Post Vision Pro, What Does Everyone Else Do?

Since our post yesterday on the Apple Vision Pro Launch, and also recording an episode of the Circuit on the subject, we have been thinking a lot about what this new device platform means for anyone else hoping to build a VR headset Spatial Computing device. Right from the start, you can already see the problem – Apple has just completely reframed everything about the category, and the problem is much bigger than the name.

On the Circuit, Bajarin made the point that the Vision Pro is now the bar for everyone else. Table stakes in this space are much higher than they were 48 hours ago. This is not entirely surprising, the industry has been waiting for years to see what Apple would do her. Looking for inspiration, to put it politely. The problem is those table stakes are really high. Just take a look at all of the technology in the Vision Pro it is a fairly staggering list, deliberately designed and constructed.

The most obvious company suffering in any comparison is Facebook Meta. They renamed the company to position for themselves as a VR company. We imagine they are spending this week entirely rethinking their plans. In fairness, they have long tried to optimize their Oculus headset to be as affordable as possible, and have recently started moving into the Pro category and price range. They also have immense internal hardware talent thanks to years of heavy hiring in this group. They could probably match the Vision Pro spec for spec if they wanted to sell a $3,500 device.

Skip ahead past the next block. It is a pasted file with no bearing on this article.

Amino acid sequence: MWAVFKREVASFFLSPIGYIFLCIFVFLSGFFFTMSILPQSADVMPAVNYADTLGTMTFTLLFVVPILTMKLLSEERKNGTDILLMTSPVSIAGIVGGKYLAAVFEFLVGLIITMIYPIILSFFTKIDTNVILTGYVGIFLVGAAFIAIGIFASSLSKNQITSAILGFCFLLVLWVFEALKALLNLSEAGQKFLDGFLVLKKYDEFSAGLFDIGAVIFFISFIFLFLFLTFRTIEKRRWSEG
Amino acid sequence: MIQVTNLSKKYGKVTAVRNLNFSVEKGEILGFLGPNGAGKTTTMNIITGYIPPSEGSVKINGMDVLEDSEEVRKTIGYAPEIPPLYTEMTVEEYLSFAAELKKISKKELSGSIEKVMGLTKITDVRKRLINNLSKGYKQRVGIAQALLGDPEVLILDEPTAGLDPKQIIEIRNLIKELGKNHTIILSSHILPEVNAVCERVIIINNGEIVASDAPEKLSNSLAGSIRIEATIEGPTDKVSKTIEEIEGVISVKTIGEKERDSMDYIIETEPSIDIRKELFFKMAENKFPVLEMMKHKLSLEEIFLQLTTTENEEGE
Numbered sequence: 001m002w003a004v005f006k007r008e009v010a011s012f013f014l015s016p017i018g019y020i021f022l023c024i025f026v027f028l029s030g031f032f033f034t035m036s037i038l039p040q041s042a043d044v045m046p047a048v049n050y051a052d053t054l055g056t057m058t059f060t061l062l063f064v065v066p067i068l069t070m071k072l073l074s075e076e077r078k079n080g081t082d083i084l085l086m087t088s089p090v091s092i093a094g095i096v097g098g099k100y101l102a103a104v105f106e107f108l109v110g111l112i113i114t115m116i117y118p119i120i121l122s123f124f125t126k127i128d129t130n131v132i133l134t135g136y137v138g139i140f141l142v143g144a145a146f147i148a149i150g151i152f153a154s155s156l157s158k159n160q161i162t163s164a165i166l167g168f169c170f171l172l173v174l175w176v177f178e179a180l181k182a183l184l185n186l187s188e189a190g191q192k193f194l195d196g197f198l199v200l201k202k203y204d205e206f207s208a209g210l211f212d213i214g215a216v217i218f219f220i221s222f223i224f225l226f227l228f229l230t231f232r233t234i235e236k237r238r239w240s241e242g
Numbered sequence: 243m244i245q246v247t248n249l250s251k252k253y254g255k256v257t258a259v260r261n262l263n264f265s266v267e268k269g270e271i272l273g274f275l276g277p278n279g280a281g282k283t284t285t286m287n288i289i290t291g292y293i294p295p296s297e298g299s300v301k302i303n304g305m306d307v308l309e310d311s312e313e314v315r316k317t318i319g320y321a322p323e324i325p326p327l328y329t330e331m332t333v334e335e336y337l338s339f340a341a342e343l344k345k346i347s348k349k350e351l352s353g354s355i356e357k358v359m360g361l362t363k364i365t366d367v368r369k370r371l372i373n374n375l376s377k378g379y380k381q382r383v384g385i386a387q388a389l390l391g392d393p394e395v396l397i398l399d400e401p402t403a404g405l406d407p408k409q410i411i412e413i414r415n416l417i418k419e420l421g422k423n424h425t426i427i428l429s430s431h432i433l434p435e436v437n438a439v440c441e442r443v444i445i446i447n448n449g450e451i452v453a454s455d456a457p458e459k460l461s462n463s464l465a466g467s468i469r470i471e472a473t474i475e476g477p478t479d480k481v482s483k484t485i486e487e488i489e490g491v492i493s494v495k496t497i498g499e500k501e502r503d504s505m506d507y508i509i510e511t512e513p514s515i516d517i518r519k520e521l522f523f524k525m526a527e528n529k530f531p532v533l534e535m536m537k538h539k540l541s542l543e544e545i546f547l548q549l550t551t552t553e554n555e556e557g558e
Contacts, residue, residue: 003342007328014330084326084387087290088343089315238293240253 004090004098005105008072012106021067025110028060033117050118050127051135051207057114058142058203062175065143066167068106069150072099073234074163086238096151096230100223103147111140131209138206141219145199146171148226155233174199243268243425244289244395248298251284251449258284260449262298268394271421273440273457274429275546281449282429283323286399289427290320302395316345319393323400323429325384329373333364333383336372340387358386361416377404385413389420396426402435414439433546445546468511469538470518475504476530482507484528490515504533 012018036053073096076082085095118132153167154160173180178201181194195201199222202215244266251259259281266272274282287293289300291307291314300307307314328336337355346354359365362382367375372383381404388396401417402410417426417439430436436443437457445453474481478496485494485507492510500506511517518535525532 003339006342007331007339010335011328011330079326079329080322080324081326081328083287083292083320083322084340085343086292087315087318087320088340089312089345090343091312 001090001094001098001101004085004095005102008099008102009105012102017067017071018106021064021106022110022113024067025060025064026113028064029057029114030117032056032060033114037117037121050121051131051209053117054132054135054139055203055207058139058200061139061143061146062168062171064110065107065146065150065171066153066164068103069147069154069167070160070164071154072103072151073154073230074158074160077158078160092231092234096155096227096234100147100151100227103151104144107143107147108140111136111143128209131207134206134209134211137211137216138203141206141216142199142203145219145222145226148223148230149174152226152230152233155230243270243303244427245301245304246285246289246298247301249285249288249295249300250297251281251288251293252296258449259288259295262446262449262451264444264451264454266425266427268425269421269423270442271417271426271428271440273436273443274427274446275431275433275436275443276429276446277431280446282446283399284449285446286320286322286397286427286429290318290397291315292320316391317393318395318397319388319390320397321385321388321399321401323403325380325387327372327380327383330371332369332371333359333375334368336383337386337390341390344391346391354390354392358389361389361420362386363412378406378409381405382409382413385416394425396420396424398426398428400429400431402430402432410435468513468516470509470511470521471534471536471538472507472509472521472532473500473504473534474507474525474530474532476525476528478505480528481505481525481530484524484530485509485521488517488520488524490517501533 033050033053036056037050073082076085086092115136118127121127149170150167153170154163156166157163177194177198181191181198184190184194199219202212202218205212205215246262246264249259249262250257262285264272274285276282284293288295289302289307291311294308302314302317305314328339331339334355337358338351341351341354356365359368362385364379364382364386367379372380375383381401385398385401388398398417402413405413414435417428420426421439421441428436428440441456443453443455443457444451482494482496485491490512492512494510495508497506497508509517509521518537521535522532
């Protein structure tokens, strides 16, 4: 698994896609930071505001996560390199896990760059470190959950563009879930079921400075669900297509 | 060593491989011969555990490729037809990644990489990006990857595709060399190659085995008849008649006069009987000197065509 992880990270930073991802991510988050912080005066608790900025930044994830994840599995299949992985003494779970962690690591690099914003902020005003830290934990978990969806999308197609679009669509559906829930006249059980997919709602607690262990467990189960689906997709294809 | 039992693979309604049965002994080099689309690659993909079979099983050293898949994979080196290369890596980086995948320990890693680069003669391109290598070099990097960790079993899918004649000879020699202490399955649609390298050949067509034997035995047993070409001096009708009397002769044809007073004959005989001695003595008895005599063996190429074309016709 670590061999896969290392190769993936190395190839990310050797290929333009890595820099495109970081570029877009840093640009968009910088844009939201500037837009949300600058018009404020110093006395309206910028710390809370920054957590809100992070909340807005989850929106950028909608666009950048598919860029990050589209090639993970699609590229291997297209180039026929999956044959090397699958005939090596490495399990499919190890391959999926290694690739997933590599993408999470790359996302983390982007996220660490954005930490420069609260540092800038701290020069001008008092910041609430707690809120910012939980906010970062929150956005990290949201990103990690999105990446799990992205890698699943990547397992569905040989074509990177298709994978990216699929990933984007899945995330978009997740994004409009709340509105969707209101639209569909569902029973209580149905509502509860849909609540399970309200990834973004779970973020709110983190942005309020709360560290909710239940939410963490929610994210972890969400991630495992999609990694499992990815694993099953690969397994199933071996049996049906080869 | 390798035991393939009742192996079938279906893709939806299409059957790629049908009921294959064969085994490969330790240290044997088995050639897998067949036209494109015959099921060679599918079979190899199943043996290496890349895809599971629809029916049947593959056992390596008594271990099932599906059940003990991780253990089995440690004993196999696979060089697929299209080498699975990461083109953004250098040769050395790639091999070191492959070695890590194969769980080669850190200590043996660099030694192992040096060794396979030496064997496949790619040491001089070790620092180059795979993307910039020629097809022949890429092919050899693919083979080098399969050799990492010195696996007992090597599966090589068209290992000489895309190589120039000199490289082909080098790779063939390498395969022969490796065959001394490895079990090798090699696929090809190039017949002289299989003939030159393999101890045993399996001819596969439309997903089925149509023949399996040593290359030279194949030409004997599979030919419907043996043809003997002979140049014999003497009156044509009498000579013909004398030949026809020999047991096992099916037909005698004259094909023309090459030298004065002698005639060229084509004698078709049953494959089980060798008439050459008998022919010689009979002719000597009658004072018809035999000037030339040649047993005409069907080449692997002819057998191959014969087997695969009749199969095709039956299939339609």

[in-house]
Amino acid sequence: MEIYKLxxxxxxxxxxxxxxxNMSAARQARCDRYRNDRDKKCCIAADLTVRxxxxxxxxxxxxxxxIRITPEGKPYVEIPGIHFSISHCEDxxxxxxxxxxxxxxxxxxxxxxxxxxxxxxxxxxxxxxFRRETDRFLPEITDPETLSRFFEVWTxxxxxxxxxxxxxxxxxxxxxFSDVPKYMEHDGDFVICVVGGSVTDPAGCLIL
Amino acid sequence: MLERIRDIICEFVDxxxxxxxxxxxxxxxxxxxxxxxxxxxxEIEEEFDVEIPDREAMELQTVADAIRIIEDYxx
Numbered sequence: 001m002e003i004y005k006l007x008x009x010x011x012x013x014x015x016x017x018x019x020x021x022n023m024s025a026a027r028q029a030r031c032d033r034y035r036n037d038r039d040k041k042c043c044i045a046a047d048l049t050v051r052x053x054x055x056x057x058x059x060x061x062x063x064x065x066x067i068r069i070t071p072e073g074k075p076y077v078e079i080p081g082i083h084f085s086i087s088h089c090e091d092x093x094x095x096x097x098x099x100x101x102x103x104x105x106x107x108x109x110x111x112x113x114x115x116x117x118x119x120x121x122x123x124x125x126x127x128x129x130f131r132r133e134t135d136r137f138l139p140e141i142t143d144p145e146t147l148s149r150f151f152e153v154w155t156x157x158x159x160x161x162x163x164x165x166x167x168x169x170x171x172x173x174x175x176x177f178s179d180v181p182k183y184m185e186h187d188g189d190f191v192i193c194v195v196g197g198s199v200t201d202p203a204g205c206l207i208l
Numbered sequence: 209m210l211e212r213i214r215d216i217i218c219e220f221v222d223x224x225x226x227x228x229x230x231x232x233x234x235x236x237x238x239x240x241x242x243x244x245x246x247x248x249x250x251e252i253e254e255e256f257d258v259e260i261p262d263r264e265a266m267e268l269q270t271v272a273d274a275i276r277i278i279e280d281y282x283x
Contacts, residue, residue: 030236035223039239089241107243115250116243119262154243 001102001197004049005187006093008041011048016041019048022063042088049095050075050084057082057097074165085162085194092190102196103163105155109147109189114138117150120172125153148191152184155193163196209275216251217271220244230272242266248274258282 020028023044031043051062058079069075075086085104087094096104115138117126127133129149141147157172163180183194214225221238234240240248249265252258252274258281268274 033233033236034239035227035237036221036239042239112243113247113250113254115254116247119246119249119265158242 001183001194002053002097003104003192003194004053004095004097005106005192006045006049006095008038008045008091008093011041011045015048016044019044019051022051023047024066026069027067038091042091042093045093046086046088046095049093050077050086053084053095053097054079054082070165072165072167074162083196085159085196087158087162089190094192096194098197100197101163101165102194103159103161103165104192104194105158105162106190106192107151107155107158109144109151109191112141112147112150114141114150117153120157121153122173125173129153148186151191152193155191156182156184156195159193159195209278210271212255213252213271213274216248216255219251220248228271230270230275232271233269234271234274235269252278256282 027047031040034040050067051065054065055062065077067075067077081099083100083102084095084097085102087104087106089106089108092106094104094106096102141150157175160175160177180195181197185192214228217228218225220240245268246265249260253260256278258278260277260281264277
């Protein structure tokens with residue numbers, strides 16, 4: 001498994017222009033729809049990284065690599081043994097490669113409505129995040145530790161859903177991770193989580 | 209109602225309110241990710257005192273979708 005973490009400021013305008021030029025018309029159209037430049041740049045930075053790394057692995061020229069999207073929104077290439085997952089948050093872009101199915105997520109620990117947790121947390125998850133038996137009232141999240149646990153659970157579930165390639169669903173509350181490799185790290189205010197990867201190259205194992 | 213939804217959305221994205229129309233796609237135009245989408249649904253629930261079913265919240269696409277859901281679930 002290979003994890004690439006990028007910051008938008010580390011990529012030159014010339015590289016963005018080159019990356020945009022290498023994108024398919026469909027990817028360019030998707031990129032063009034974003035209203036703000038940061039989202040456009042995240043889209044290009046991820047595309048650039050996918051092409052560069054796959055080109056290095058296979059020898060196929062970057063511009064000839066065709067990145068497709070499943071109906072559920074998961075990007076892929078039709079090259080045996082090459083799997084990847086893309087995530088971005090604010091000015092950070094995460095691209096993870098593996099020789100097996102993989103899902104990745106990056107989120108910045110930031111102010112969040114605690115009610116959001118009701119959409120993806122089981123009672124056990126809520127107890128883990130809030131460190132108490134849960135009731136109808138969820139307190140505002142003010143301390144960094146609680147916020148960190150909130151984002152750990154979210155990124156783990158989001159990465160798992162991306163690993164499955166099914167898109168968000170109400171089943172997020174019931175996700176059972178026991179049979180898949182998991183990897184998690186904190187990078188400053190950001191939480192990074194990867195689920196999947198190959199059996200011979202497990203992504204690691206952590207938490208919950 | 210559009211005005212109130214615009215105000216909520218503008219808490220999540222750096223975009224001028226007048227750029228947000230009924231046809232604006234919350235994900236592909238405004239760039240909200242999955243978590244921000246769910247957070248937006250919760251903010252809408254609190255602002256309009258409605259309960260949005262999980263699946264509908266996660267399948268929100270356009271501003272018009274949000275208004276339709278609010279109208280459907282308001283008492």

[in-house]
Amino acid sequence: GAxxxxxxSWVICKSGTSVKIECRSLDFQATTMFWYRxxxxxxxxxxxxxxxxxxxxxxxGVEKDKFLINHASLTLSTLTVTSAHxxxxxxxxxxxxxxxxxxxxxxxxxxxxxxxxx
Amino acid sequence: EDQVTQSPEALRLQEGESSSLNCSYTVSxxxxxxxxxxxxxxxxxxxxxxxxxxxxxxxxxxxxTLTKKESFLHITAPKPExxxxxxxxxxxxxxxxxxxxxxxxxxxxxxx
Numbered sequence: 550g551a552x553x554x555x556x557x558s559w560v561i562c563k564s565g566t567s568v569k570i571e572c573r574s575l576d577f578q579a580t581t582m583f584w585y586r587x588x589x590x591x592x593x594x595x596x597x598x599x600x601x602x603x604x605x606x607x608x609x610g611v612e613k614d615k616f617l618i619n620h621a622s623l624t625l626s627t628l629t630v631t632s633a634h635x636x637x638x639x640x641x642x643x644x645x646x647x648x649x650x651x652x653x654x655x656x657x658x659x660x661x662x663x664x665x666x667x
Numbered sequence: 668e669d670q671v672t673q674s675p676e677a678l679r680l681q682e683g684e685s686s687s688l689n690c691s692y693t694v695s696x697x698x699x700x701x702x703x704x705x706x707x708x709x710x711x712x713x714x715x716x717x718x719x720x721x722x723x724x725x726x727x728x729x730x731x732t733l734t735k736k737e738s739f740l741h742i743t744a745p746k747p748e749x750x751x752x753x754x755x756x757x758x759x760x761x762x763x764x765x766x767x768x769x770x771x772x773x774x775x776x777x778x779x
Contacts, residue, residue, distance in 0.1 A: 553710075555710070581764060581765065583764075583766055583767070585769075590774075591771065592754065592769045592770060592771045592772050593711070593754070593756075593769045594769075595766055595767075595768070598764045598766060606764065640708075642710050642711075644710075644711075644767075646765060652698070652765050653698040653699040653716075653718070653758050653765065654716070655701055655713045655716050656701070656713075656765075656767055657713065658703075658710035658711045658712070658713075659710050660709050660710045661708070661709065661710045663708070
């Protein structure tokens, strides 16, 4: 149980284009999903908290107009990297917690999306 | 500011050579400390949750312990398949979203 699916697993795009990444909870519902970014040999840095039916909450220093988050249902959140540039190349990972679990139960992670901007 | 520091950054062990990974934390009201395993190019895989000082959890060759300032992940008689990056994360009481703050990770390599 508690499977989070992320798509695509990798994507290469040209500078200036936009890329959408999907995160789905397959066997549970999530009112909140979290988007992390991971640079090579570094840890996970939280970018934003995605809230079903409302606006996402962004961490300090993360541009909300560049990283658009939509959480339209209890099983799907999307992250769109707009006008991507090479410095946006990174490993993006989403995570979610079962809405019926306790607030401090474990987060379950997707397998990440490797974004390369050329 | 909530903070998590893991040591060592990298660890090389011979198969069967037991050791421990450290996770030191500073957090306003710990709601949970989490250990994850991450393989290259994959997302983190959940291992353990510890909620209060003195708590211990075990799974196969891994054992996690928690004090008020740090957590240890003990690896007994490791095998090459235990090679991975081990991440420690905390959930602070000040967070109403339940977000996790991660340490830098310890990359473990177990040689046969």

That being said, we think they have a big problem with software. They abandoned their operating system (OS) last year. If they want to remain competitive in this space they will have to reverse course and build that OS now, and probably have to design several of their own chips to boot. This would of course be spectacularly expensive. The Street hated the metaverse bet and cheered when the company scaled back their plans.

Absent this, Meta could continue down the path of using merchant silicon and a stock “open” OS. Which is exactly where everyone else with hopes to enter the space now sits. There are a dozen or so companies building stock Android VR headsets, leaving none of them with much in the way of a competitive advantage. The best case outcome of this scenario would look like the smartphone market where cheap Android handsets capture unit share, but Apple sucks up all of the profits. But this market could also end up like the tablet market where Apple has all the units, in addition to all the profits.  This outcome seems very possible as no one really knows how consumers will use this new compute platform, and it will be Apple to educate them.

Fortunately, all these companies have time to work something out. The Vision Pro does not hit the market for at least six months and probably closer to nine. The app ecosystem for Vision Pro barely exists today. Moreover, at $3,500 Apple is not going to sell too many units next year, and even if they could sell more, it will take them even longer to be able to manufacture these devices at scale. So in theory, anyone, especially Meta, has almost two years to respond.

Photo Credit: Apple

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